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Limit of a sequence

  1. Mar 22, 2006 #1
    hi, can someone please look at this. it doesnt look right to me. thanks

    i have to find the limit:

    a(1)= 2 a(n+1)=1/(3-an)

    a1=2, a2=1, a3= .5, a4= .4, a5= .3846, a6=.382385... a9=.3819742, a10= .3819672

    therefore the limit would be approximately .38197 right?
     
  2. jcsd
  3. Mar 22, 2006 #2

    Curious3141

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    Well, I think the question wants you to find it exactly.

    Are you familiar with continued fractions ?
     
  4. Mar 22, 2006 #3

    Curious3141

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    OK, let me try to get you started.

    At the limit (if it exists), the successive values shouldn't change.

    That is,

    [tex]lim_{n \rightarrow \infty} a_{n+1} = a_n[/tex]

    In other words,

    [tex]lim_{n \rightarrow \infty} \frac{1}{3 - a_n}= a_n[/tex]

    Can you solve that equation ? There will be 2 solutions, only one of which is admissible. But to see why only that one should be accepted you have to do some further work. Do this first, then we'll take it from there.
     
  5. Mar 22, 2006 #4
    Rather

    [tex]\lim_{n \rightarrow \infty} a_{n+1} = \lim_{n \rightarrow \infty} a_n[/tex]

    and similarly for the other identity.
     
  6. Mar 22, 2006 #5

    Curious3141

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    What's the difference from what I posted ?

    Maybe the LaTex wasn't clear (I hate Tex), but I intended the limit to apply to both LHS and RHS. I don't see anything wrong with my notation, do you ?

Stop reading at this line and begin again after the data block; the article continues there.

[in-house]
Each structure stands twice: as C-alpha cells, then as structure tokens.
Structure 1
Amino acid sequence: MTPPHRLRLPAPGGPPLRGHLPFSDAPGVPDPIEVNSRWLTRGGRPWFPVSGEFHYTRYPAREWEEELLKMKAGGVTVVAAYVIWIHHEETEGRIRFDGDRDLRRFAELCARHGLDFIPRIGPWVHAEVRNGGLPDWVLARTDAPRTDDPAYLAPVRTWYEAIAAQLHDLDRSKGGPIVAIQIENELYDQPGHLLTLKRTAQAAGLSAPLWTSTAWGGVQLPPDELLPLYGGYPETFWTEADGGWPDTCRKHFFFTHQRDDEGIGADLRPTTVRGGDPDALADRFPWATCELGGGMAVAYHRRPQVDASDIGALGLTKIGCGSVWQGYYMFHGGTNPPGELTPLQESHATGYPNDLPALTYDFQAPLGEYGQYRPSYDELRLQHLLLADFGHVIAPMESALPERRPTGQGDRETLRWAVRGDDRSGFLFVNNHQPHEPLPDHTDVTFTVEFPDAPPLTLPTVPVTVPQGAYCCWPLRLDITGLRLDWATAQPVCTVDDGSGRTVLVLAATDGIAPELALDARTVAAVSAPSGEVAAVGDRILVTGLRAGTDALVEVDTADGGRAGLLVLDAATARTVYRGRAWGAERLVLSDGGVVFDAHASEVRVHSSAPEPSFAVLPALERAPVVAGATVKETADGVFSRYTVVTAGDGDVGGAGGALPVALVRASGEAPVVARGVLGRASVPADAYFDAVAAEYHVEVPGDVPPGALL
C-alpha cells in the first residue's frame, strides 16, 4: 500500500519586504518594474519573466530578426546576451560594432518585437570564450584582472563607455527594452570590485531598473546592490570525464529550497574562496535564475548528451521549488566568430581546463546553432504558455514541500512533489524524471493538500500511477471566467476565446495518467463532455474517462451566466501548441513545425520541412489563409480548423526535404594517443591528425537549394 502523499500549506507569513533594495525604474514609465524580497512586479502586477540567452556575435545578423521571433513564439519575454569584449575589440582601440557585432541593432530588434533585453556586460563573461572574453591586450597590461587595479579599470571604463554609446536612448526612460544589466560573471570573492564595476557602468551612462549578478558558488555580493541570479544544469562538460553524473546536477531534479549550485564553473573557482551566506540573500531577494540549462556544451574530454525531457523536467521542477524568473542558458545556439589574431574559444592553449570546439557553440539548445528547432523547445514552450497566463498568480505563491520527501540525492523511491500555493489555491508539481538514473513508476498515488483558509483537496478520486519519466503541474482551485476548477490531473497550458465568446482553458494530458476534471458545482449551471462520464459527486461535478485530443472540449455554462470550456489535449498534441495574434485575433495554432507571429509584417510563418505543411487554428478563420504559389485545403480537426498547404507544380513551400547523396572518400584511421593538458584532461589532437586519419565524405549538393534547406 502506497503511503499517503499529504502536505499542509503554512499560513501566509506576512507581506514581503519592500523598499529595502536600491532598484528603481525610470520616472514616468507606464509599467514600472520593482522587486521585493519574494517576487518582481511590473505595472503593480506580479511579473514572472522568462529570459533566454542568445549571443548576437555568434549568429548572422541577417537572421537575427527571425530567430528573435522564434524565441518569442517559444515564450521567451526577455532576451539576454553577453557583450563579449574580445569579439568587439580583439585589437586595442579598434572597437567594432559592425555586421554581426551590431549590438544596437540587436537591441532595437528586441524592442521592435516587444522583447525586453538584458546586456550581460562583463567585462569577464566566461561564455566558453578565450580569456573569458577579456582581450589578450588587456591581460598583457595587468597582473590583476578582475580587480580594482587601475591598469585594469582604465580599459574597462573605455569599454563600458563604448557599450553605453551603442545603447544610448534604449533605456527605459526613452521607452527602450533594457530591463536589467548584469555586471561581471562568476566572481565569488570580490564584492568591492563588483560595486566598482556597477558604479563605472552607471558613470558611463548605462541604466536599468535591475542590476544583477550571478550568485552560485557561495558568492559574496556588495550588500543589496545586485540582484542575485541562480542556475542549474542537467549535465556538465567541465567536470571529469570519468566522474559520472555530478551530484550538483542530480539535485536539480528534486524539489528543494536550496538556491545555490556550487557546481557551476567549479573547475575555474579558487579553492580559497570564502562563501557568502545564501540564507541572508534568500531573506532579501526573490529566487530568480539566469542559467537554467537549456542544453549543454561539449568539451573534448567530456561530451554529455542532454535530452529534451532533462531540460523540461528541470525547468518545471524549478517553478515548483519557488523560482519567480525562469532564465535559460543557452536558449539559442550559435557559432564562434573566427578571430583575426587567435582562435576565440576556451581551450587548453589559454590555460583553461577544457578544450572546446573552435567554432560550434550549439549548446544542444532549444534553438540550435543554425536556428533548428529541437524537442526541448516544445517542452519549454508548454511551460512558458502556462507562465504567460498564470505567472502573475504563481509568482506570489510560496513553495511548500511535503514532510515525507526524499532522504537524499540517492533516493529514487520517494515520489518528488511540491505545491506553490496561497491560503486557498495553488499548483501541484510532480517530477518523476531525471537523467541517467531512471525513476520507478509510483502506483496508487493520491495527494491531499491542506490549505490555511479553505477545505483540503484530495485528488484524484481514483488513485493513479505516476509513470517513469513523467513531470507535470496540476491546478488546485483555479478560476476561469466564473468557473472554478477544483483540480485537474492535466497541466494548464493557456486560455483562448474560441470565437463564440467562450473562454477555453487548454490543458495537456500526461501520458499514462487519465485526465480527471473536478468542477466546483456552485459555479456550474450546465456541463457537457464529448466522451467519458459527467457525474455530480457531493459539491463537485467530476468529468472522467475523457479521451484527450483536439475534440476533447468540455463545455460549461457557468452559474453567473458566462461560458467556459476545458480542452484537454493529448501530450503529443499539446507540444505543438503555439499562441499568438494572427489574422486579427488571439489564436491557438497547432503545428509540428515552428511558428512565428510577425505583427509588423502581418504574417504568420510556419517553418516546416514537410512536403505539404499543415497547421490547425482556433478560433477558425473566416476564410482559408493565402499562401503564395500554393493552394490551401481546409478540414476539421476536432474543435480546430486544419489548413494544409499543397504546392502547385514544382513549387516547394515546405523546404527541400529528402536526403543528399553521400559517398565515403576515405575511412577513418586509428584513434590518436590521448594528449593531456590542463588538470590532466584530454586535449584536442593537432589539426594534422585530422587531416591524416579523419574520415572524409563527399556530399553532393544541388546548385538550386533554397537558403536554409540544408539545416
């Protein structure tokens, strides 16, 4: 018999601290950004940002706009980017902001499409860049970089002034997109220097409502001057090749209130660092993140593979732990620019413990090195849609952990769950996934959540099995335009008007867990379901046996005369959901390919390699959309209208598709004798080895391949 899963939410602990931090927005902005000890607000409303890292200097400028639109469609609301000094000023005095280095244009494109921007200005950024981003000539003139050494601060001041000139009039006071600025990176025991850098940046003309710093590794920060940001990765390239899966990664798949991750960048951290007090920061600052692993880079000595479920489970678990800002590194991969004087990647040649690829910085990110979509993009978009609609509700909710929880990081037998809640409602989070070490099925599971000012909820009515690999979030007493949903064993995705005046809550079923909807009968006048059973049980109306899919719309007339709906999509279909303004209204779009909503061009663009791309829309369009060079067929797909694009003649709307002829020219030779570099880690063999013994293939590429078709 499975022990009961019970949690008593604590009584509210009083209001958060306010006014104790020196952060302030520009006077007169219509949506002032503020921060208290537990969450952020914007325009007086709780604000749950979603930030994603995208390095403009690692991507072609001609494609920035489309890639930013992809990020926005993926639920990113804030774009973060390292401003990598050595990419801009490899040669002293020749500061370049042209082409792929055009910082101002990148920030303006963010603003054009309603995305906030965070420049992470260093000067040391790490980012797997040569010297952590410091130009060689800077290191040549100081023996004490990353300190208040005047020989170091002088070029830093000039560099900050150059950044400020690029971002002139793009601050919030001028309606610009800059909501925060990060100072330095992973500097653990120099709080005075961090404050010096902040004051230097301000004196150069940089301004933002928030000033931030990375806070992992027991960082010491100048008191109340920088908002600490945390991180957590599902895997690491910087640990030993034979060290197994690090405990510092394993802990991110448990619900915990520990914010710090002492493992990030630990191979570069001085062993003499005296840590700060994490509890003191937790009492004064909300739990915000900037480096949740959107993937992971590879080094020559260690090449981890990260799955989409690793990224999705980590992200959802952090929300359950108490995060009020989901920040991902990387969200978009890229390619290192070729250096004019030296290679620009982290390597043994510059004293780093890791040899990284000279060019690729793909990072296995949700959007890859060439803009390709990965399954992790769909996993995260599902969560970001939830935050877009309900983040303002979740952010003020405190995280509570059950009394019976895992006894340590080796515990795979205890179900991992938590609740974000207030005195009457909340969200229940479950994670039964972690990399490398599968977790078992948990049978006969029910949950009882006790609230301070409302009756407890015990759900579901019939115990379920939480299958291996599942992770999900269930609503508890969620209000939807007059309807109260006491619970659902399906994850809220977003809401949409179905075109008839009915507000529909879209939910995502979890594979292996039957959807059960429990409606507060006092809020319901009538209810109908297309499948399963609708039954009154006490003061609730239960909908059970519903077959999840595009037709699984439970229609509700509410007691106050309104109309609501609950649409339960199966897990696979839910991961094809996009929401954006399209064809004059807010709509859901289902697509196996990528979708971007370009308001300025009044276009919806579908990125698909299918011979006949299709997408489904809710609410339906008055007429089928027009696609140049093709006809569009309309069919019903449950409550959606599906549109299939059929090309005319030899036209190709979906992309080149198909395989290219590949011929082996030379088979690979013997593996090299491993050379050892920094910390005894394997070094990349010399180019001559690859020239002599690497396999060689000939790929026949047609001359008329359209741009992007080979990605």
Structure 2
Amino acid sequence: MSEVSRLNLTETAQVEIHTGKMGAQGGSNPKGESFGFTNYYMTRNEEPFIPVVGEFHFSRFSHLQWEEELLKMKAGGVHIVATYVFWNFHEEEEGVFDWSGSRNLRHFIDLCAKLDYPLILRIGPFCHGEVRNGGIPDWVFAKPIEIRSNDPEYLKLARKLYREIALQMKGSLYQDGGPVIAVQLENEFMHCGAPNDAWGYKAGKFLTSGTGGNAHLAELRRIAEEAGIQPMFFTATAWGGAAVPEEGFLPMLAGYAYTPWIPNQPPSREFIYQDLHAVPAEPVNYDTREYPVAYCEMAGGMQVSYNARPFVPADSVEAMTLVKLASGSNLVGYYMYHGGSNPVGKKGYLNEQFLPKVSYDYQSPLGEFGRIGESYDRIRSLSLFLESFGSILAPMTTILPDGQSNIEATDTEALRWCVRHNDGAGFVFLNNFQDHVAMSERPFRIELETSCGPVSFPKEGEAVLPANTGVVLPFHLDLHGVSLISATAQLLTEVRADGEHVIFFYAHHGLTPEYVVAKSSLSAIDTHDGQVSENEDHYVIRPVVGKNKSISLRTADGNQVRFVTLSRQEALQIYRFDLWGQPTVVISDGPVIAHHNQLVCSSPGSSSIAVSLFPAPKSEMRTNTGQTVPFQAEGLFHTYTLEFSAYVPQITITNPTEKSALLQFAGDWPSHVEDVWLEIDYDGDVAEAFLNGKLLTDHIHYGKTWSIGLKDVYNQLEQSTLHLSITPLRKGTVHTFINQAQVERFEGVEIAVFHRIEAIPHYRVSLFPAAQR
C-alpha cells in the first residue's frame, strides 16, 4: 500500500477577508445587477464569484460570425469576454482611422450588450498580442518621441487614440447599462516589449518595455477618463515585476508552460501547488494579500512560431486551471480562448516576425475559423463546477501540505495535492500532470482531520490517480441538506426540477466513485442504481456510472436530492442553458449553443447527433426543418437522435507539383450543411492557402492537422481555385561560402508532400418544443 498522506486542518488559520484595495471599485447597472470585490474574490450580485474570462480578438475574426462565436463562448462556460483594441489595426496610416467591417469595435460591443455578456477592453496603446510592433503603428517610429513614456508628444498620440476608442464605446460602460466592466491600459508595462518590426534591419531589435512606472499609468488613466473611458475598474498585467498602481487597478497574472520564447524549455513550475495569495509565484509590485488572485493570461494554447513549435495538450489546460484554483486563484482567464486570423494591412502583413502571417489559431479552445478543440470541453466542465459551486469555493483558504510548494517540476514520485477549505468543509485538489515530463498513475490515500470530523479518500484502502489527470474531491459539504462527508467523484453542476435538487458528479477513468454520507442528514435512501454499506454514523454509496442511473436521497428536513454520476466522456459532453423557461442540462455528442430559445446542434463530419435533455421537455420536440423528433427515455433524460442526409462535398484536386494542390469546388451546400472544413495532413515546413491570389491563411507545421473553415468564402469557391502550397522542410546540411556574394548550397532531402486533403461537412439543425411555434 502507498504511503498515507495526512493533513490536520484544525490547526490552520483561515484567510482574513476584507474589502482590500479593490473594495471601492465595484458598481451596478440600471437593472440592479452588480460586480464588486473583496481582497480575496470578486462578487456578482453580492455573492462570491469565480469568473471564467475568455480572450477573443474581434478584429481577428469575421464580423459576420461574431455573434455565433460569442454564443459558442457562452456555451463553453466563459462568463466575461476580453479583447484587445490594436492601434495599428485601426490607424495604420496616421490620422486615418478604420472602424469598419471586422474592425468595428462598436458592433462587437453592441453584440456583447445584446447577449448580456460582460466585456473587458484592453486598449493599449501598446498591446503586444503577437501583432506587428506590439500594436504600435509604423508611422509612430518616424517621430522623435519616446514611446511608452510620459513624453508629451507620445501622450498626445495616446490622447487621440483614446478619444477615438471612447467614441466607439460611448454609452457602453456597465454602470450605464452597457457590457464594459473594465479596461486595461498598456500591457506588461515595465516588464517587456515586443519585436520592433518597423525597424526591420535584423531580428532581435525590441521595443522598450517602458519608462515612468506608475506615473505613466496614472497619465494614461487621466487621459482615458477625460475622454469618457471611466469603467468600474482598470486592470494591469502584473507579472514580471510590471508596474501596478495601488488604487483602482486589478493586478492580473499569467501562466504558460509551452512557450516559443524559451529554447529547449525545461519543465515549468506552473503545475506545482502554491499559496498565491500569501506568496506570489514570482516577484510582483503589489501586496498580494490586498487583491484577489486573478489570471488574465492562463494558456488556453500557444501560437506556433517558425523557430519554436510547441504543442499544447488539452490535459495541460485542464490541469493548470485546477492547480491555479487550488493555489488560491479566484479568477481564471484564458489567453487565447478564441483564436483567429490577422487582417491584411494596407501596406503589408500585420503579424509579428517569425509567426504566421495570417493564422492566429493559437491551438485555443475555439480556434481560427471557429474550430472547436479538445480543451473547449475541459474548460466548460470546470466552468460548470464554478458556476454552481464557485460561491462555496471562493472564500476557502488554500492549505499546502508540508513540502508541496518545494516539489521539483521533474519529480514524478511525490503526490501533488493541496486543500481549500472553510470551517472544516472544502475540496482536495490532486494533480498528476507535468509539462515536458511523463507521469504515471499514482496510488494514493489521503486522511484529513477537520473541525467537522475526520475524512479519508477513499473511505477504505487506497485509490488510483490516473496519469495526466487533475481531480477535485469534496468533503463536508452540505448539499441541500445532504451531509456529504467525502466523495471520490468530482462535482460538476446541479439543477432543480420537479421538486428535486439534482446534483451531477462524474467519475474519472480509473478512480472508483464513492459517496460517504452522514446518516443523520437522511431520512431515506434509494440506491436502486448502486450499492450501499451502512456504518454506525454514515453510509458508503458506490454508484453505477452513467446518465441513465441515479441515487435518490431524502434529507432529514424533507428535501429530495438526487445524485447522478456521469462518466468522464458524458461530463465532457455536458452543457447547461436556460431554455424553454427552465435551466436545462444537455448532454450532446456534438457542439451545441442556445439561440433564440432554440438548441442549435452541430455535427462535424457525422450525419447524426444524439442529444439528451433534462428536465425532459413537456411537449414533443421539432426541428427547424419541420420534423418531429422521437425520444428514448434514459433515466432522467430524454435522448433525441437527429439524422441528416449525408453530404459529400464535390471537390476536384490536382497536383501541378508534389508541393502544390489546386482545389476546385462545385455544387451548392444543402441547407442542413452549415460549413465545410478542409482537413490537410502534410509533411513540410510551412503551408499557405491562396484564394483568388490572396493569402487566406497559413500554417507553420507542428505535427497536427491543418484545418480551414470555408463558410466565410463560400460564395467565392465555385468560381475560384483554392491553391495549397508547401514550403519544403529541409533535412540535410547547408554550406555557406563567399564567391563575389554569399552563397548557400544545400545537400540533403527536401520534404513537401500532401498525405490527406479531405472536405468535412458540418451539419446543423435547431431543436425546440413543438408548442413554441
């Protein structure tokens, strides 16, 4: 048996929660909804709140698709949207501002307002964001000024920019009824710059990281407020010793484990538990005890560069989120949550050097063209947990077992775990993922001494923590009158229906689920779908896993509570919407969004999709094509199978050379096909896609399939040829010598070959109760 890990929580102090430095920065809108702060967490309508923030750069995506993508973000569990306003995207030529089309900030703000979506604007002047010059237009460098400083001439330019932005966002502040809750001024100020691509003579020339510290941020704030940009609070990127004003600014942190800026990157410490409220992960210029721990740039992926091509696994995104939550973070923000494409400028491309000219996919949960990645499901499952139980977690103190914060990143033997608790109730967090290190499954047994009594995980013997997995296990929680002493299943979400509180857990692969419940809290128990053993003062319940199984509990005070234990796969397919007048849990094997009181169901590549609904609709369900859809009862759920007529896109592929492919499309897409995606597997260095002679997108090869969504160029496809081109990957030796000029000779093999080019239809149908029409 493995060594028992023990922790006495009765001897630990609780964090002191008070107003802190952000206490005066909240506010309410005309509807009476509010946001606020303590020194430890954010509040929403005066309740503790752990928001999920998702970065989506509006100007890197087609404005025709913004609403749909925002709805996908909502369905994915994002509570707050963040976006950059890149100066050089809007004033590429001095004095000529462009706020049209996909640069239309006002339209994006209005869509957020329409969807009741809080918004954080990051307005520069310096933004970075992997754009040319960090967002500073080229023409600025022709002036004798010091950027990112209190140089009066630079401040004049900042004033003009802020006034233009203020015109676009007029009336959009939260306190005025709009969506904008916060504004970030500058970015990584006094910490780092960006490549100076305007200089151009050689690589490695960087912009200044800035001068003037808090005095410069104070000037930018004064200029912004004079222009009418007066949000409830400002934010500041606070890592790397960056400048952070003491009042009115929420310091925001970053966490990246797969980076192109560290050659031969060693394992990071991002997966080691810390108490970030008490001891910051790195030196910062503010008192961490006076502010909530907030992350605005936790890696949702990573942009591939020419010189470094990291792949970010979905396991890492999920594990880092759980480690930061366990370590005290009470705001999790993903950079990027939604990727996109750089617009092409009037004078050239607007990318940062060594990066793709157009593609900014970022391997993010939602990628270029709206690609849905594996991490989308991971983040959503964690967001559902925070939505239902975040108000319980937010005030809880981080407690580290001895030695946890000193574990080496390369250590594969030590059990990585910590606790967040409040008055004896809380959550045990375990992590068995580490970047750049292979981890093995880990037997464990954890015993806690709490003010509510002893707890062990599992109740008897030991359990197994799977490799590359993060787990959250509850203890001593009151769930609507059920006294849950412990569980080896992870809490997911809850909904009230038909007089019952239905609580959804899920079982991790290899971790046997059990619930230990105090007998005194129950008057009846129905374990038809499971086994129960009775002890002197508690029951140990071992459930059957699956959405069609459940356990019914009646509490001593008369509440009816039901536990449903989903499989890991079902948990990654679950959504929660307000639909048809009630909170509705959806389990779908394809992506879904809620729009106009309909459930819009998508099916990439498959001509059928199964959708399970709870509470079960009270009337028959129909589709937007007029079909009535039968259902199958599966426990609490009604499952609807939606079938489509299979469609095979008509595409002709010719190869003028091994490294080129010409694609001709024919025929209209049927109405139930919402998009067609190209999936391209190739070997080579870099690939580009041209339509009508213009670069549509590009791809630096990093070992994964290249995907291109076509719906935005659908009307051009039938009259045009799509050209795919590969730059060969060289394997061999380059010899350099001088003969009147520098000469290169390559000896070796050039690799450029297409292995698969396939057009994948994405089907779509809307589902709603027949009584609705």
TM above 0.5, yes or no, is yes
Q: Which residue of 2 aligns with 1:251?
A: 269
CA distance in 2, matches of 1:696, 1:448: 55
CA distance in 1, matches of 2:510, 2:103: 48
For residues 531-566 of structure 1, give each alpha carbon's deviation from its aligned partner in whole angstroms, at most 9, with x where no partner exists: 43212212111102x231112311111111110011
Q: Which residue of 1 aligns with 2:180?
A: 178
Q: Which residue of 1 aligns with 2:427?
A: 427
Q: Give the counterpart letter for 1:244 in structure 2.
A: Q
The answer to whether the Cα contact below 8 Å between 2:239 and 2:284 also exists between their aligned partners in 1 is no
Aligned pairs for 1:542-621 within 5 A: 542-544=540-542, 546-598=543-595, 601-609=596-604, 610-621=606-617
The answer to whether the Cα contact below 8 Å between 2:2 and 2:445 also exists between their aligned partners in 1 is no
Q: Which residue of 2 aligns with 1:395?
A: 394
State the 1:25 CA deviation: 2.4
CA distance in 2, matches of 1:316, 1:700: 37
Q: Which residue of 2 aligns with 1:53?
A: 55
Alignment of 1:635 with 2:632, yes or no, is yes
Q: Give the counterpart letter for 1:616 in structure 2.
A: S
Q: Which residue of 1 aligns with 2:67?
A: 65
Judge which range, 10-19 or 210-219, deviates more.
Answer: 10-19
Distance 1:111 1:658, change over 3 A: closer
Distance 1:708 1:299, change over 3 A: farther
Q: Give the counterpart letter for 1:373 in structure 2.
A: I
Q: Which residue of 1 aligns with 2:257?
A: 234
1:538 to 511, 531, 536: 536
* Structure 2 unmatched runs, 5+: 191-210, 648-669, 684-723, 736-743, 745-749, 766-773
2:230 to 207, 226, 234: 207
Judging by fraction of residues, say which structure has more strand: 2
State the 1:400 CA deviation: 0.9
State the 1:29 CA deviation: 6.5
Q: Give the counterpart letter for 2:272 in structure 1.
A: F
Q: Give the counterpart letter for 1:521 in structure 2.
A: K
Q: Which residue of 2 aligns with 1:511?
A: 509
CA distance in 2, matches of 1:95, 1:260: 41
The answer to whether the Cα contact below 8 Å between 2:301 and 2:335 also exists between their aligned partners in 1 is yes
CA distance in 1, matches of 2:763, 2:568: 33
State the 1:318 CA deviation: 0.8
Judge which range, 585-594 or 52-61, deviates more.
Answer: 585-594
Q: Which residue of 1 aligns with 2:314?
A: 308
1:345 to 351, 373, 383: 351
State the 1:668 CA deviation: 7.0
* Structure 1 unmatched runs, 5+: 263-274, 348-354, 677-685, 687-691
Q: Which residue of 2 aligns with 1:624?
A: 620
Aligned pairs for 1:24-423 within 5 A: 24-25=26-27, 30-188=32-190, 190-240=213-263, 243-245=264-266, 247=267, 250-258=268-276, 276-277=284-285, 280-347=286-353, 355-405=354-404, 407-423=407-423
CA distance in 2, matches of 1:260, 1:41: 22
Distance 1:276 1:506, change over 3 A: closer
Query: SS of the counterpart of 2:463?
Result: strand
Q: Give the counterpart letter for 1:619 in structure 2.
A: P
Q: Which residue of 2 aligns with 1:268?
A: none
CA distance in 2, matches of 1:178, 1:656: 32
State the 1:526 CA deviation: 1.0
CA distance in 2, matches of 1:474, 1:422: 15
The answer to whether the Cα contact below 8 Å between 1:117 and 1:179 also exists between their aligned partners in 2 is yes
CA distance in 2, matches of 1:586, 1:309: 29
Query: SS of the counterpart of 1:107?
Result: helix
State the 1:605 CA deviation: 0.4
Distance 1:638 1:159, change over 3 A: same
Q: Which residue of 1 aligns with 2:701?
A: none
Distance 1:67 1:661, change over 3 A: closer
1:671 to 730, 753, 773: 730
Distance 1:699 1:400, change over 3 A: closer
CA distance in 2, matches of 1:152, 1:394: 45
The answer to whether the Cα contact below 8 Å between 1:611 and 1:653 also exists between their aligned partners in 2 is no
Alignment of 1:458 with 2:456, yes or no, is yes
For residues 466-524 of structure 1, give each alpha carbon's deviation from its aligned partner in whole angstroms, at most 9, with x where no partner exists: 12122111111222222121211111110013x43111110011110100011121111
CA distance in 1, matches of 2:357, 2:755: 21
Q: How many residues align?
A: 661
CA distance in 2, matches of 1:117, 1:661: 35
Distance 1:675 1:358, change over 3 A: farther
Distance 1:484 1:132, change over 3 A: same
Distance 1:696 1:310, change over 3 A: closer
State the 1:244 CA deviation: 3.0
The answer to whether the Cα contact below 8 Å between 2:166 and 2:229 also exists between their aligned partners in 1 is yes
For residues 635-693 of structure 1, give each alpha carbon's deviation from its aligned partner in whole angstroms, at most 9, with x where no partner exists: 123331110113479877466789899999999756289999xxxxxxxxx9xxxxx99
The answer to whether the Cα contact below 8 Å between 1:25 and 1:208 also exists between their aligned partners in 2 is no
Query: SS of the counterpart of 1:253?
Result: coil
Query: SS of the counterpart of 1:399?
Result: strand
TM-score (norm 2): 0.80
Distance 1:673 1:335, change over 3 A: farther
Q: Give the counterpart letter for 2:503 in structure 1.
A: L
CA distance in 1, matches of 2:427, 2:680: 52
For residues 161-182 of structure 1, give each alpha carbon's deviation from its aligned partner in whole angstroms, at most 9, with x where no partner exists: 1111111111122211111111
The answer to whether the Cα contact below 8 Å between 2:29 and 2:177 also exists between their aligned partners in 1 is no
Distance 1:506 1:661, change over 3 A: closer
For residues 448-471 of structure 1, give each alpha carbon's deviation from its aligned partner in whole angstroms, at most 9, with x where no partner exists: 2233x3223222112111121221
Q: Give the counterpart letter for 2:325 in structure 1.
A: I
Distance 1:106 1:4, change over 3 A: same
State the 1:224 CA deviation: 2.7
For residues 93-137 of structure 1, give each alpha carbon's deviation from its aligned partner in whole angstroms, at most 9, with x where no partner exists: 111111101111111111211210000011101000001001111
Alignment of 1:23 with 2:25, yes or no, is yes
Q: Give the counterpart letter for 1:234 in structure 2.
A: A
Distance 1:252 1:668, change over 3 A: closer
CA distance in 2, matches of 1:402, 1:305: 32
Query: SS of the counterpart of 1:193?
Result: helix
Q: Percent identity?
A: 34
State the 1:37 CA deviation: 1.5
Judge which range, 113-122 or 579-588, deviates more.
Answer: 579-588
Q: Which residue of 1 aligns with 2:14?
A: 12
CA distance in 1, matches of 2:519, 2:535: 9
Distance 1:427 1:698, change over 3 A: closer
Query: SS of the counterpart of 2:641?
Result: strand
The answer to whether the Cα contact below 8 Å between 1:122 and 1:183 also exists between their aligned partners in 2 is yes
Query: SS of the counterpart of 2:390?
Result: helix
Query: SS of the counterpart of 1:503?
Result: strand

Last edited: Mar 22, 2006
  7. Mar 22, 2006 #6
    you guys are great!

    thanks
    :!!)
     
  8. Mar 22, 2006 #7
    Curious, your notation is saying that [itex] a_n [/itex] is the solution to [tex] \lim_{n \rightarrow \infty} a_{n+1}[/tex]. Muzza's notation is saying that the two limits are equivalent.
     
  9. Mar 22, 2006 #8

    HallsofIvy

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    It was really your statement "At the limit (if it exists), the successive values shouldn't change." that is not very precise. At the limit, there are no "succesive values"!

    Of course, it is true that {an} and {an+1} are just renumberings of the same sequence and so must have the same limit. If the sequence has a limit, call it "a" and then
    [tex]a= lim a_{n+1}= lim \frac{1}{3- a_n}= \frac{1}{3- lim a_n}= \frac{1}{3- a}[/tex]
     
  10. Mar 22, 2006 #9

    Curious3141

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    The spacing is off. The limit applies to both terms, more like :

    [tex]\lim_{n \rightarrow \infty} (a_{n+1} = a_n)[/tex]
     
  11. Mar 22, 2006 #10

    Curious3141

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    But successive values are in fact what we're talking about, whether we want to overtly admit it or not. What we're (both) saying is in effect that with higher and higher ordinal numbers, the difference between successive terms become smaller and smaller. At the limit, the difference between successive terms vanishes !

    OK, it looks "better" to call the limit a but it's essentially the same thing, IMHO. The essence of the whole thing is that :

    [tex]\lim_{n \rightarrow \infty} (n+1 = n)[/tex]

    is it not ? Or if you'd prefer to break it up into two limits,

    [tex]\lim_{n \rightarrow \infty} (n+1) = \lim_{n \rightarrow \infty} n[/tex]
     
  12. Mar 22, 2006 #11

    shmoe

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    This is not notation I've ever seen used, anywhere. In my opinion it's not a terribly good notation either. It looks like you're somehow distributing the limit over the = sign?

    Just write the limit on both sides of the equation, and end all misunderstandings.
     
  13. Mar 22, 2006 #12

    Curious3141

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    OK, if it's not standard notation, then I stand corrected. :smile:
     
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